Fuel For Thought
January 2016

Nigeria spent N6.9TN on subsidy in five years – World Bank

▪ Nigeria spent N6.9TN on subsidy in five years – World Bank

Nigeria spent about $35bn (N6.9bn) in the last five years to subsidise petroleum products, the World Bank has said. In its ‘Nigeria Economic Report No. 3’, which was released in Abuja on Tuesday, the bank said fuel subsidy incapacitated the country’s ability to save for the rainy day occasioned by falling crude oil prices in the international market.

On gas, the report stated that despite serious disruptions in supply in the first half of the year, the country flared more gas than the one used in generating electricity, adding that much more gas was sold to foreign consumers despite the huge demand and inadequate supply at home.

The report presented by the World Bank Lead Economist in Nigeria, Mr. John Litwack, stated, “The fiscal cost of the fuel subsidy is very high, reaching an estimated $35bn during 2010–2014. Moreover, annual costs are increasing over time due to rising fuel demand and the depreciation of the naira.

“In recent years, numerous audits and reports have identified widespread corruption and fraud in the administration of the fuel subsidy, and official petrol imports have substantially exceeded actual consumption. Attempts by the government to crack down on fraud and delay payment of the subsidy have commonly met with severe fuel shortages in the country that also impose high economic and welfare costs on Nigerians.

“The $35bn cost of the fuel subsidy during 2010–2014 was a primary reason why Nigeria was unable to accumulate a fiscal reserve in the Excess Crude Account that could have protected the country from the recent oil price shock. Fuel subsidy obligations are expected to reach 18 per cent of all government oil revenues in 2015, and, if the current regulated prices are maintained, this is projected to increase to more than 30 per cent by 2018.”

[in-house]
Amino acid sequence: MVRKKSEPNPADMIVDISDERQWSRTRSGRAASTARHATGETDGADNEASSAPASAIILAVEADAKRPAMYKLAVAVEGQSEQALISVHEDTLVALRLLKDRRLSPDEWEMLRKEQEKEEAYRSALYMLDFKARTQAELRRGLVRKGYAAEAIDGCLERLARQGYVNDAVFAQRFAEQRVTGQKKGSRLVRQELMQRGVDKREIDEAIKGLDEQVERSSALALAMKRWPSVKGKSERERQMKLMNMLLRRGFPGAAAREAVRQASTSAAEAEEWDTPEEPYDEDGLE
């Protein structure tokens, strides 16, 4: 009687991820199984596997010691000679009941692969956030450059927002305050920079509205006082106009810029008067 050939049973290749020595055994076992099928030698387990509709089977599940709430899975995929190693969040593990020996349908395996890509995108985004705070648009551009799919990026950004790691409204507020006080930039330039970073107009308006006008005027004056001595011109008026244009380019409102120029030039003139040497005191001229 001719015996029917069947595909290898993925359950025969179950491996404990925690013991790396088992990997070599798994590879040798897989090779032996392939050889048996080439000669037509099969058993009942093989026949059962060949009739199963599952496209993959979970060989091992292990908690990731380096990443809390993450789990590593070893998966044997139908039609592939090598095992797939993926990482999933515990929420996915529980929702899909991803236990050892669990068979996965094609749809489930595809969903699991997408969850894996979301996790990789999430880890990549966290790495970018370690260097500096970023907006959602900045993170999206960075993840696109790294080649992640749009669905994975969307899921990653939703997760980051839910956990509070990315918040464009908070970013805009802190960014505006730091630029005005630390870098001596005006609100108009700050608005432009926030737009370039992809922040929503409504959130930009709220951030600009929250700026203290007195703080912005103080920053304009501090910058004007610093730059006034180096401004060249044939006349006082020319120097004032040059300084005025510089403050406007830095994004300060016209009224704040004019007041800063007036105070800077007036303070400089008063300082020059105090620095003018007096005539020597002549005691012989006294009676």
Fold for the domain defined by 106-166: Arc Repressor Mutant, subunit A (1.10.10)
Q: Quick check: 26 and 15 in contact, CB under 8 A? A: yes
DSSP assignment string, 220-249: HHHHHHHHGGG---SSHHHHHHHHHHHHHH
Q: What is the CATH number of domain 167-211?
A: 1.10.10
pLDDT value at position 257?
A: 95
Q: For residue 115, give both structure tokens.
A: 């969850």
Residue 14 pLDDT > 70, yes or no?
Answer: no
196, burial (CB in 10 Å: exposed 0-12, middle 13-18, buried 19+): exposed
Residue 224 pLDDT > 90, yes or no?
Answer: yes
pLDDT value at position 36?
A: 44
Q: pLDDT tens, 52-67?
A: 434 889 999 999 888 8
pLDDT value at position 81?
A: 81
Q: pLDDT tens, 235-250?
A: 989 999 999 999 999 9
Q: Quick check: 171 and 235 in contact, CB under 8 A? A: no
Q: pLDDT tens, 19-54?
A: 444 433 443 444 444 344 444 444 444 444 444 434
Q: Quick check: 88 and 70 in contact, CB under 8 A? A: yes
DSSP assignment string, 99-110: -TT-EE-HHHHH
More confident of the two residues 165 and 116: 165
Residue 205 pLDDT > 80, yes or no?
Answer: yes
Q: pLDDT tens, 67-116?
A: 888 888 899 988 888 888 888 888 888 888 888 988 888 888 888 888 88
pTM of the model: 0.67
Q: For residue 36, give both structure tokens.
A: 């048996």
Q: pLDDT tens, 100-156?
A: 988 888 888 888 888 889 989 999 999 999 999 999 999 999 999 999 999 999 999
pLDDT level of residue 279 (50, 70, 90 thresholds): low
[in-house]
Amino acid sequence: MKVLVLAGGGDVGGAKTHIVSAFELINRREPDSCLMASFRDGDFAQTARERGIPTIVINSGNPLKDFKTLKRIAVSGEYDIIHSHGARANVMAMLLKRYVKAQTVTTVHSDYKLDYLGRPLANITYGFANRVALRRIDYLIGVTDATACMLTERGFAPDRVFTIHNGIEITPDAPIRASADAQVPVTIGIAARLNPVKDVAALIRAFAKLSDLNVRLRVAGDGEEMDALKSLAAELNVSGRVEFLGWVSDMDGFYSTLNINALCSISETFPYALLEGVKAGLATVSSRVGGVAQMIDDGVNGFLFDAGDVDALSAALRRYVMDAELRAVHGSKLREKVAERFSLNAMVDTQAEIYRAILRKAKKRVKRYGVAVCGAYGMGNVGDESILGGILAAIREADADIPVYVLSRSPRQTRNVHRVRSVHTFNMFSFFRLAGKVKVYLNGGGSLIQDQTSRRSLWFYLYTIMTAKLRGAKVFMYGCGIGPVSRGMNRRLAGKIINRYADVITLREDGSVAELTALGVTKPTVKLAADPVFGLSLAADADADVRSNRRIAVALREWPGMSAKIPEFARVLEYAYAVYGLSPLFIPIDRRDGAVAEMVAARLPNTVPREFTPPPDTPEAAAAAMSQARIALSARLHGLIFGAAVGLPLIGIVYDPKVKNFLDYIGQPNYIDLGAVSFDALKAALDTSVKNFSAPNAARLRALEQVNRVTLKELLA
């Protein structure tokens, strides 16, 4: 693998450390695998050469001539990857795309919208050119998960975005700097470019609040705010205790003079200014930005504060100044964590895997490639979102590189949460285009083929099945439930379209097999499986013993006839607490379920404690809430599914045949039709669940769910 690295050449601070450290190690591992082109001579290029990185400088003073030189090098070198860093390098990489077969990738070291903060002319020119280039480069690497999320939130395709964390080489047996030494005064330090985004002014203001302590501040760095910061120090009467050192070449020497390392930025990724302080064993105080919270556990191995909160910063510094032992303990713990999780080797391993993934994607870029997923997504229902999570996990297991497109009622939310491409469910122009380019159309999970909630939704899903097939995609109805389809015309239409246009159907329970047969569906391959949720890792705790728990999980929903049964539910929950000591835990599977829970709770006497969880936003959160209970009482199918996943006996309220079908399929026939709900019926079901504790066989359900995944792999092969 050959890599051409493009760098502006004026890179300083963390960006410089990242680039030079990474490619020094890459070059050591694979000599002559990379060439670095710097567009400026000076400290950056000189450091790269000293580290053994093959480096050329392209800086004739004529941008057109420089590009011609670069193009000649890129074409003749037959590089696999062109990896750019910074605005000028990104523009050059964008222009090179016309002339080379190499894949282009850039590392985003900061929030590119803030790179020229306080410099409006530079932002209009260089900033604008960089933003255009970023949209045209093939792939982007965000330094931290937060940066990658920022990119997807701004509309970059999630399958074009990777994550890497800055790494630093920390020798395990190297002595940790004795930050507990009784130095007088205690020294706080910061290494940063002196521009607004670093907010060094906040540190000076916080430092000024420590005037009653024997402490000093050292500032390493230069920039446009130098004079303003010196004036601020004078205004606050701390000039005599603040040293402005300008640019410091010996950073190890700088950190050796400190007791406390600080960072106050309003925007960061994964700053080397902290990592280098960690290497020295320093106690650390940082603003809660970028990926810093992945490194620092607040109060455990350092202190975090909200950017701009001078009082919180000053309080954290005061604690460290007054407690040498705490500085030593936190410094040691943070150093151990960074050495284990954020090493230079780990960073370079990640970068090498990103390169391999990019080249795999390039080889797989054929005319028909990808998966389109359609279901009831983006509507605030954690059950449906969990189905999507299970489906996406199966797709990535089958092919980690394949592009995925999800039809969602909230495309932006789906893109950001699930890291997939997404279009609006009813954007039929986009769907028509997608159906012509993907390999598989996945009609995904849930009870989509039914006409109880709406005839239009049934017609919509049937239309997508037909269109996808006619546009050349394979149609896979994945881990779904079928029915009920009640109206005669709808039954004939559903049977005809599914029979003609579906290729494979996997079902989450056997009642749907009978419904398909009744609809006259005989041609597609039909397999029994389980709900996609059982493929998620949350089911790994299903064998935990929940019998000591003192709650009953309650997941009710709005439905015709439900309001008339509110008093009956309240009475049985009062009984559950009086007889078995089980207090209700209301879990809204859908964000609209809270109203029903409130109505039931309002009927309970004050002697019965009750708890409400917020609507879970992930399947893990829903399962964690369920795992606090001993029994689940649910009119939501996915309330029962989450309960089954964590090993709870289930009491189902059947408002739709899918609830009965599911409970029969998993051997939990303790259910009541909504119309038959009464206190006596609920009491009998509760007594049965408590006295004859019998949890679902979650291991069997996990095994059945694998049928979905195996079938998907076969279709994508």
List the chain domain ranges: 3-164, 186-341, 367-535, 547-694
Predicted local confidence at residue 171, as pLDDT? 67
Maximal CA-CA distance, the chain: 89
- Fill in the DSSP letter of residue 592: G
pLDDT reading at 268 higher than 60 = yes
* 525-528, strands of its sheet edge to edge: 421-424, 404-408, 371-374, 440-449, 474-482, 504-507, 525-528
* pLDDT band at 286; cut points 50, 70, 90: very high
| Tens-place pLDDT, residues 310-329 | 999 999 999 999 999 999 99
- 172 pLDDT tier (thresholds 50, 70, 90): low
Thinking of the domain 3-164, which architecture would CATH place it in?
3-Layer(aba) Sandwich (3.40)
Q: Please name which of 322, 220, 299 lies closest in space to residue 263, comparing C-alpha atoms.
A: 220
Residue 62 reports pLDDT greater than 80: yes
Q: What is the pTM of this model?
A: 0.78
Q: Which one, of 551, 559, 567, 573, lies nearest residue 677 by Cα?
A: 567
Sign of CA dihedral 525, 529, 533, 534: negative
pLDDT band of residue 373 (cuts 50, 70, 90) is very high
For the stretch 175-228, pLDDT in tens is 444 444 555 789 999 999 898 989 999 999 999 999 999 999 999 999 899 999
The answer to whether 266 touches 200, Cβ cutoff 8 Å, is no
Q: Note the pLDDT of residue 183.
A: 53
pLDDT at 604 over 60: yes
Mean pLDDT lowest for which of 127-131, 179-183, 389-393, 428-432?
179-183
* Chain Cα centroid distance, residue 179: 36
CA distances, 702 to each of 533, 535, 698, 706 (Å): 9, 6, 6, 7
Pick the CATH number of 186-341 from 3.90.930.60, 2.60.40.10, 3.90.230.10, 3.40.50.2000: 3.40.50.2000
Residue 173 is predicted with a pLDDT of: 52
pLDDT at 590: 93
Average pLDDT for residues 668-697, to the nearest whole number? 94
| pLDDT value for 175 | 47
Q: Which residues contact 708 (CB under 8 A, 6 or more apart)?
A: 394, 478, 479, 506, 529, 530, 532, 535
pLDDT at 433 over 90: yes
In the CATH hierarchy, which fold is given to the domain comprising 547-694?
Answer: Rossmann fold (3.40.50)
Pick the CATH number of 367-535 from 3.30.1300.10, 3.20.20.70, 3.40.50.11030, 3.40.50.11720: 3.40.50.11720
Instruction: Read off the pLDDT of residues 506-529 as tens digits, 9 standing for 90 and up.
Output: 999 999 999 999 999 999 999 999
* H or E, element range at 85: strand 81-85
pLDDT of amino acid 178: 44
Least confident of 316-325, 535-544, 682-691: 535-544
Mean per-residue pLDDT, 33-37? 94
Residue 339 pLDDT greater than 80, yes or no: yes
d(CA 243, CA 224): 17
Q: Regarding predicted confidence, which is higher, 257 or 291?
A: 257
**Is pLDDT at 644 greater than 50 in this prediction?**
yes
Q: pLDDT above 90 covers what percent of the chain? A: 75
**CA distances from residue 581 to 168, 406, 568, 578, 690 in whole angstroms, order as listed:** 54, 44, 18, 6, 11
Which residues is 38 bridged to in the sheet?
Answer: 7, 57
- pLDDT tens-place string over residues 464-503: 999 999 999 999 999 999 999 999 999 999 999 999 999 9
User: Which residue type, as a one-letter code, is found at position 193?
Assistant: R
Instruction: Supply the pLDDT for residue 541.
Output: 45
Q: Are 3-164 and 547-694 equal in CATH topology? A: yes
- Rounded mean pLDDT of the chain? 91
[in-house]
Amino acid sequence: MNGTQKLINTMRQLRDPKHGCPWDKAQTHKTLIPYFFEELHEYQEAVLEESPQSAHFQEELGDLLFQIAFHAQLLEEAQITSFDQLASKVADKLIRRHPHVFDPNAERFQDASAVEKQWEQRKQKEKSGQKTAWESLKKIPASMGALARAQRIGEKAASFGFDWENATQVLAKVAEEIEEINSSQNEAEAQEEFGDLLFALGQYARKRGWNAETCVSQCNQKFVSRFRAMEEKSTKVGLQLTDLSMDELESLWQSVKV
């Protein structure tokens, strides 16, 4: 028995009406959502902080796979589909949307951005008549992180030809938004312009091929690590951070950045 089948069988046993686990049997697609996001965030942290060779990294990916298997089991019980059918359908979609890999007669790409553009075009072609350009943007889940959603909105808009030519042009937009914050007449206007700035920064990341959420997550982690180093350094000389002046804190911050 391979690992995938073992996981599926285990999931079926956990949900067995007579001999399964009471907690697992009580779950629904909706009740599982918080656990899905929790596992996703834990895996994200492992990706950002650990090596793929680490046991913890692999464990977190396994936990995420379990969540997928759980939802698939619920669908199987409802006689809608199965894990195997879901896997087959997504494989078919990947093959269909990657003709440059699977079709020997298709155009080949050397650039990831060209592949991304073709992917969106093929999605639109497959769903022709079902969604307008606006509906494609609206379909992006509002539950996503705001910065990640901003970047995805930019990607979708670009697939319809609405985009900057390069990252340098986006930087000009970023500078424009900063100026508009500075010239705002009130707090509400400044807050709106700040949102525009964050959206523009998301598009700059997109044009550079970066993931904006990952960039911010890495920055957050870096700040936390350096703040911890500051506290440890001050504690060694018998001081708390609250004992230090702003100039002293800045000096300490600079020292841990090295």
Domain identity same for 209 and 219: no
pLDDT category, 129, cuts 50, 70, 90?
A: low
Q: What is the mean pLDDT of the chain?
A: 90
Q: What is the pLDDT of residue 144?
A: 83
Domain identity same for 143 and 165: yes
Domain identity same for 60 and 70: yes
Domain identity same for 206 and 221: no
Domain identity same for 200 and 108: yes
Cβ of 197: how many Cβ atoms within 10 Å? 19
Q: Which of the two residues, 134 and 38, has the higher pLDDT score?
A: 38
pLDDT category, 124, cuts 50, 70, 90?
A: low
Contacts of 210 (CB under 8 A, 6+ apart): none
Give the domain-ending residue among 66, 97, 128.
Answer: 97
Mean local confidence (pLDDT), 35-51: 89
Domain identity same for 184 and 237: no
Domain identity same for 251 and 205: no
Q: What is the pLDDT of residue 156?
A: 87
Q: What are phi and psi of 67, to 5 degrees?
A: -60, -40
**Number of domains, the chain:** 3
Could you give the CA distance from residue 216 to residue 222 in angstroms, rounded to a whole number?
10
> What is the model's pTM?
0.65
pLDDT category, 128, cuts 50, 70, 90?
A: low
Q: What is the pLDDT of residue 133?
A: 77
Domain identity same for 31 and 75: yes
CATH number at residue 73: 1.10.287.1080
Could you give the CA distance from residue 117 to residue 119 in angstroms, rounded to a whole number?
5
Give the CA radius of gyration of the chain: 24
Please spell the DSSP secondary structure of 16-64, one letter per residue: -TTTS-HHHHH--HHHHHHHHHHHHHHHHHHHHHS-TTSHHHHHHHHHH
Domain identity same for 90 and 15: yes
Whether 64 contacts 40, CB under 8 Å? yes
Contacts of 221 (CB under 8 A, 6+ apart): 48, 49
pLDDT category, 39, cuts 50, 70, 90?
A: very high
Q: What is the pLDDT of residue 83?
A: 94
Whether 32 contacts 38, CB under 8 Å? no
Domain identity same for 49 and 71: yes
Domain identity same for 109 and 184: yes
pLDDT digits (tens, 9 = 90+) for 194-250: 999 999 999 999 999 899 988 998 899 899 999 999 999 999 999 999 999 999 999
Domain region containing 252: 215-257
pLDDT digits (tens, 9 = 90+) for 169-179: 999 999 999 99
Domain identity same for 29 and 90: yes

The report added that the recent sharp decline in oil prices and revenues had motivated the country to reconsider its commitment to the fuel subsidy regime that compensates importers and traders of petrol and kerosene.

According to the report, annual spending on fuel subsidy accounts for roughly one-fourth of all federal budgetary spending, adding that the spending was significantly greater than the entire executed federal capital budget as well as the combined spending on education and public health.

The report stated, “The weak enforcement of administrative prices further reduces the benefits of fuel subsidies to Nigerian households. There are other important costs as well. Uncertainty about the fuel subsidy has strongly discouraged investment in domestic refining.

“Moreover, artificially low fuel prices distort incentives and encourage excessive consumption of energy. Allegations of corruption and fraud surrounding the implementation of the fuel subsidy are costly to the reputation of government.

“Finally, subsidy-related fuel shortages have repeatedly disrupted economic activity and imposed serious welfare costs on Nigerian households. In addition, every time the naira depreciates, the cost of subsidising a nominal fixed price increases.”

It added, “Part of the reason that the burden of the fuel subsidy did not decline in 2015, despite much lower oil prices, was the decision in January to decrease the administered naira price of petrol from N97 to N87 per litre.

“The logic given for this was that at the time, the world price of petrol had declined to the point where the size of the fuel subsidy would become negligible, and some of these benefits could therefore be passed on to petrol consumers in Nigeria.